Soprano Camille Zamora portrays both Lucia and, later, her own granddaughter (Lucia II); this serves nicely to encapsulate the cyclic nature of time’s generational flow. Zamora sings with an appealing sparkle that she sustains even as she assures her own daughter not to grieve upon her death; this quality also serves her well in Lucia II’s role as peacemaker. In addition to playing Sam, baritone Ott brings a reassuring, enveloping quality to Roderick, the first Lucia’s husband. Bass-baritone Josh Quinn is rugged and self-confident as cousin Brandon. Charles (Glenn Seven Allen) and Leonora (Kathryn Guthrie) bring matching timbres—simultaneously bright and tender—to a lilting, harmonically unusual marriage duet. Later, they are joined by Genevieve (mezzo Catherine Martin), the self-declared spinster, for a sweetly contemplative trio (“Time flies so fast”). Mezzo Sara Murphy plays both Mother Bayard, who has a nostalgic reverie in the first scene, and cousin Ermengarde, who is left alone at the end to sing a final meditation, which Murphy renders with exquisite poignancy. Tenor Scott Murphree brings the requisite charisma and vocal brashness to the role of Roderick II, the errant rogue who renounces his family ties. Martin’s Genevieve generates considerable drama in her own farewell aria. The American Symphony Orchestra plays with great precision and beauty under Botstein, who has guided them intrepidly through adventurous repertoire such as this for a quarter of a century.

Original full story here.

Botstein, ASO open strongly with musical art for art’s sake

New York Classical Review

By George Grella

October 17, 2015

Mimesis—that was the concept around which conductor Leon Botstein organized the season-opening concert for the American Symphony Orchestra Friday night at Carnegie Hall. “Musical Representations” was the subtitle, and the music on the program came out of non-musical experiences. If mimesis is strictly an artistic representation of the real world, then Botstein’s program put that on display, and added a layer of abstraction with music that represented art itself.

The orchestra also presented a necessarily succinct argument about tonal modernism, with music from Gunther Schuller, Henri Dutilleux, and a work from Nico Muhly that was premiered earlier this year. Finishing it all off was the familiar entertainments of Strauss’ Also sprach Zarathustra, which turned out to be the least mimetic music of the concert.

Schuller’s Seven Studies on Themes of Paul Klee was the opener, seven representations of images from the painter. Perhaps, though, the music is better understood as seven of Schuller’s reactions to paintings by Klee.

Schuller, who died this past summer solstice, had a substantial career as a composer, musician, conductor, teacher, and writer, and is most immediately known for coining the term “third-stream,” to describe music that combined elements of both jazz and the classical tradition. Schuller himself was a pioneer of the concept, and the third study, “Little Blue Devils,” is a solid jazz composition for a symphony orchestra.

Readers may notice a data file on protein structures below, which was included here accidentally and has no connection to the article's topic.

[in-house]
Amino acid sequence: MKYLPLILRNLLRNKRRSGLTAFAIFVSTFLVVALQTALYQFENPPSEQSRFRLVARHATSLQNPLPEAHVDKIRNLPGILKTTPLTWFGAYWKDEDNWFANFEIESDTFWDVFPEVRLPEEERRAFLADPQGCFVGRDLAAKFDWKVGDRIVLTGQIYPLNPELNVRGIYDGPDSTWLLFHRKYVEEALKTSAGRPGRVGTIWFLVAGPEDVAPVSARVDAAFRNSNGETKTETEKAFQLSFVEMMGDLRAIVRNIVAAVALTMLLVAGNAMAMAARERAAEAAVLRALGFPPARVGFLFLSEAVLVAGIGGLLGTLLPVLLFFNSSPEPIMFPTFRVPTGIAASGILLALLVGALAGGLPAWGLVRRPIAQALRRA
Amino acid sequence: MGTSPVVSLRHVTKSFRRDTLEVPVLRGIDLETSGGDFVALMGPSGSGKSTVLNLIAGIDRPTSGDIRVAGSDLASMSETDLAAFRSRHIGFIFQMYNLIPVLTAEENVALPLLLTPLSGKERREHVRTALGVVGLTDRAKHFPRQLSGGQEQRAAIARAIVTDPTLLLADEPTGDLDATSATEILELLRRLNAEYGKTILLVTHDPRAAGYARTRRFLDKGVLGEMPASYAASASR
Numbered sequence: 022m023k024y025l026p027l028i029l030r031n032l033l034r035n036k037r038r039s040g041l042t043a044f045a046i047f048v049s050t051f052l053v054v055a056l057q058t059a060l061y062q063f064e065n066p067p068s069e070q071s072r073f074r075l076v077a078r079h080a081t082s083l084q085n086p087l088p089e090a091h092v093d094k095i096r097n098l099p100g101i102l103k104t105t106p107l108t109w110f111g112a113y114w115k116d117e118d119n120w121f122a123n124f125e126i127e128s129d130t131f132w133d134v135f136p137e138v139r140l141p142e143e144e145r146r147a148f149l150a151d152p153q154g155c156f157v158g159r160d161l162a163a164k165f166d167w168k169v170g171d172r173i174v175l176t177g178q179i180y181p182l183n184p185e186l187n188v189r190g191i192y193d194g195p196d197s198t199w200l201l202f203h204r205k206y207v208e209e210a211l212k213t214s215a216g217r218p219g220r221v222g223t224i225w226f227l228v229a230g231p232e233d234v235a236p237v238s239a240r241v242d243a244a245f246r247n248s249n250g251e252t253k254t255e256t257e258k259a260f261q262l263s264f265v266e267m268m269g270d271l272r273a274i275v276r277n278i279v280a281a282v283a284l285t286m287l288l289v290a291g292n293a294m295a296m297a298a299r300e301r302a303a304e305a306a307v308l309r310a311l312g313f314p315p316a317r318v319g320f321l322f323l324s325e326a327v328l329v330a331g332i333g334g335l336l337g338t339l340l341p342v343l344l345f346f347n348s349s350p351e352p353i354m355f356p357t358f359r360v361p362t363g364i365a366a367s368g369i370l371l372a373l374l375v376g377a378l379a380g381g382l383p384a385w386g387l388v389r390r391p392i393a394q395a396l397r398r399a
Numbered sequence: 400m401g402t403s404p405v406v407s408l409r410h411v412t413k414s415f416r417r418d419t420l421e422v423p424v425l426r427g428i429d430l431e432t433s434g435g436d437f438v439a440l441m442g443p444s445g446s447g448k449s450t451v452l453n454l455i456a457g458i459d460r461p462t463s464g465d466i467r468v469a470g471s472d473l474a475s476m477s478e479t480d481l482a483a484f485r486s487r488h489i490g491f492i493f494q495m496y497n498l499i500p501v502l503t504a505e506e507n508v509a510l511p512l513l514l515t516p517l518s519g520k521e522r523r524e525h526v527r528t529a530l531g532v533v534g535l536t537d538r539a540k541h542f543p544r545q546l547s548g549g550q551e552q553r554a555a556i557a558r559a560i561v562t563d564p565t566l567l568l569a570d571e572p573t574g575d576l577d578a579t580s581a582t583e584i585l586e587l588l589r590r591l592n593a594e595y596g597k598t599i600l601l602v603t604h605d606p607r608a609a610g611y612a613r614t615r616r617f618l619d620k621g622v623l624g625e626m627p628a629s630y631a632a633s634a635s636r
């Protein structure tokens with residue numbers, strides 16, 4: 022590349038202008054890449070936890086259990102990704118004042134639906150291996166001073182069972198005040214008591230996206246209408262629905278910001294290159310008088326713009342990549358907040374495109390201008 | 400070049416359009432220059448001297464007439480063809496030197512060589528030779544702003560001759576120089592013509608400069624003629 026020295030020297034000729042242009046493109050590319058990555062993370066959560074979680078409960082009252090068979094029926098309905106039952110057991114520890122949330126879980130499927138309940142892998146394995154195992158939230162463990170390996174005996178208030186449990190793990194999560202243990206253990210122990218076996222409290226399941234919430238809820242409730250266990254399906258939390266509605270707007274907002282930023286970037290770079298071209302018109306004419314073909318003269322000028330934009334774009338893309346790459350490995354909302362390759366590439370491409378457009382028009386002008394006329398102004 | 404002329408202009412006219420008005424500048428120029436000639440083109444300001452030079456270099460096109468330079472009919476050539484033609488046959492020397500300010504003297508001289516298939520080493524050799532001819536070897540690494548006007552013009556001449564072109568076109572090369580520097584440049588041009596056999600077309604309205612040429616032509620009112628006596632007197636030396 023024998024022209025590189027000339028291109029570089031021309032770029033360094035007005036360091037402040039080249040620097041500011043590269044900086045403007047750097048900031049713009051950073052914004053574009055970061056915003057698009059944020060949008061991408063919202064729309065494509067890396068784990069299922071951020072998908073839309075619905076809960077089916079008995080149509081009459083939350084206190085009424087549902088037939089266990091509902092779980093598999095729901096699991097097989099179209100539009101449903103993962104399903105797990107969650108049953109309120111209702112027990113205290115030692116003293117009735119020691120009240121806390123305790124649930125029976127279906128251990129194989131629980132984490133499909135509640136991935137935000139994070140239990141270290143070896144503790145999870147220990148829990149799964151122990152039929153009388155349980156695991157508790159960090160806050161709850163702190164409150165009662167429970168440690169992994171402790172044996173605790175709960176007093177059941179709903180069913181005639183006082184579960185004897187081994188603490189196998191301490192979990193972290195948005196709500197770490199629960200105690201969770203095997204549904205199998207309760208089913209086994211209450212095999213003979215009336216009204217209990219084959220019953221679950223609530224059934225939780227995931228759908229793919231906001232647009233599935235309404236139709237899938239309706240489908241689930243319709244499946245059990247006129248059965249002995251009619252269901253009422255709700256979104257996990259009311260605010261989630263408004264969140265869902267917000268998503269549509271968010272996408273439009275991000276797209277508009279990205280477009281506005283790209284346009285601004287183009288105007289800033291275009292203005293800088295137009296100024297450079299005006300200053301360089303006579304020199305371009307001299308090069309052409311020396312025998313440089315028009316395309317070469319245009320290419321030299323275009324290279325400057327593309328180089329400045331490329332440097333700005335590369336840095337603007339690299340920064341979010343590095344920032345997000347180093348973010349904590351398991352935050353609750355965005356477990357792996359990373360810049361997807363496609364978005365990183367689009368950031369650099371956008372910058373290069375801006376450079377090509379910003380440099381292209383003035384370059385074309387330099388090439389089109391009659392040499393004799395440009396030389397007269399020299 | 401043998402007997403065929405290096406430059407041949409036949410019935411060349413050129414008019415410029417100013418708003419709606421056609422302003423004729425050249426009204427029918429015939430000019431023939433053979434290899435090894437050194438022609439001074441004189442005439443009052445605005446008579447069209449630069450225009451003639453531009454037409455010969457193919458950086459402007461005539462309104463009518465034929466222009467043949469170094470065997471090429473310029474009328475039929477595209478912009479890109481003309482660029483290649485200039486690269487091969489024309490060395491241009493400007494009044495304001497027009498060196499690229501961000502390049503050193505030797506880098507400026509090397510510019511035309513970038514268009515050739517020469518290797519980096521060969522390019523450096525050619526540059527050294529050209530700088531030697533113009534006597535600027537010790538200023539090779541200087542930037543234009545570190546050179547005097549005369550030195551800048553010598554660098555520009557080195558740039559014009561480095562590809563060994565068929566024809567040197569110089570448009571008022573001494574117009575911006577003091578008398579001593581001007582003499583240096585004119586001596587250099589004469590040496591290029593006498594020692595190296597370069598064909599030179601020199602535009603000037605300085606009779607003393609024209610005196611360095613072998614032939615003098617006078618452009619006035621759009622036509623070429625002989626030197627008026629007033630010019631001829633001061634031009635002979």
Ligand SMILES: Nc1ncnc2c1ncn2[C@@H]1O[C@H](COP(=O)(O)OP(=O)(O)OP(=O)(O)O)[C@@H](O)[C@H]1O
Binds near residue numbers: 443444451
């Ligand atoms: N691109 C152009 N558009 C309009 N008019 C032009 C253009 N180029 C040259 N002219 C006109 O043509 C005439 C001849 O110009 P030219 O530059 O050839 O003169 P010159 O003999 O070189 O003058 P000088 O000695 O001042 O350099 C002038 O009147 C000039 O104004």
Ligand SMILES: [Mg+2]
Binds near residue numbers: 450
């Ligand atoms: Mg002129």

“Little Blue Devils” swings inasmuch as the orchestra and conductor swing, and while it clearly shows Schuller’s values, it seems very far from Klee. The other studies, however, manage the uncanny job of filling the mind’s eye with Klee’s spare, graceful lines, quiet colors, and odd, playful images. The music is pointillist, colorful, quiet, and full of empty space, and the orchestra played it all with precision and sensitivity. One extended study, “Arab Village,” is Schuller’s idea of how that painting sounds, and the Medieval quality of the music is skillful and fascinating, especially when played as beautifully as the orchestra did.

The fine playing continued with Dutilleux’s song cycle Correspondances, a piece based around poetry from Rilke and Prithwindra Mukherjee, and letters written by Solzhenitsyn and Van Gogh. Van Gogh sounds fundamentally integrated into Dutilleux’s overall style. The composer’s music is so vividly colorful, and the way it makes use of blocks of orchestral sound as structural, not just for orchestration, often sounds the way the painter’s The Starry Night looks.

Singing was the impressive young soprano Sophia Burgos. Her sound is light and lyric and her intonation was exact. The songs are all about vivid sensations of the mind and body, an ideal subject for the composer, and Burgos delivered them with expressive phrasing. Botstein controlled the balances, and the orchestra produced a gorgeous sound, especially the aqueous muted brass choirs.

Muhly’s Seeing is Believing was a jaggedly mixed experience. The piece is a violin concerto that conveys the idea of sketching out the constellations through the stars in the sky. The soloist was electric violinist Tracy Silverman, who is a terrific, charismatic musician. He produces a wide range of rich sounds with his six-string instrument and associated effects, and the best part of the piece was hearing him play; setting loops as accompaniment, shimmering through elegant modulations of color and dynamics, chopping out crunchy, rhythmic patterns.

From a compositional standpoint, Muhly relies too much on the soloist, the accompaniment is formless and feels too long. At the coda, though, Silverman and orchestra came together in a more certain structure, and that music produced the muscular beauty that is Muhly at his best.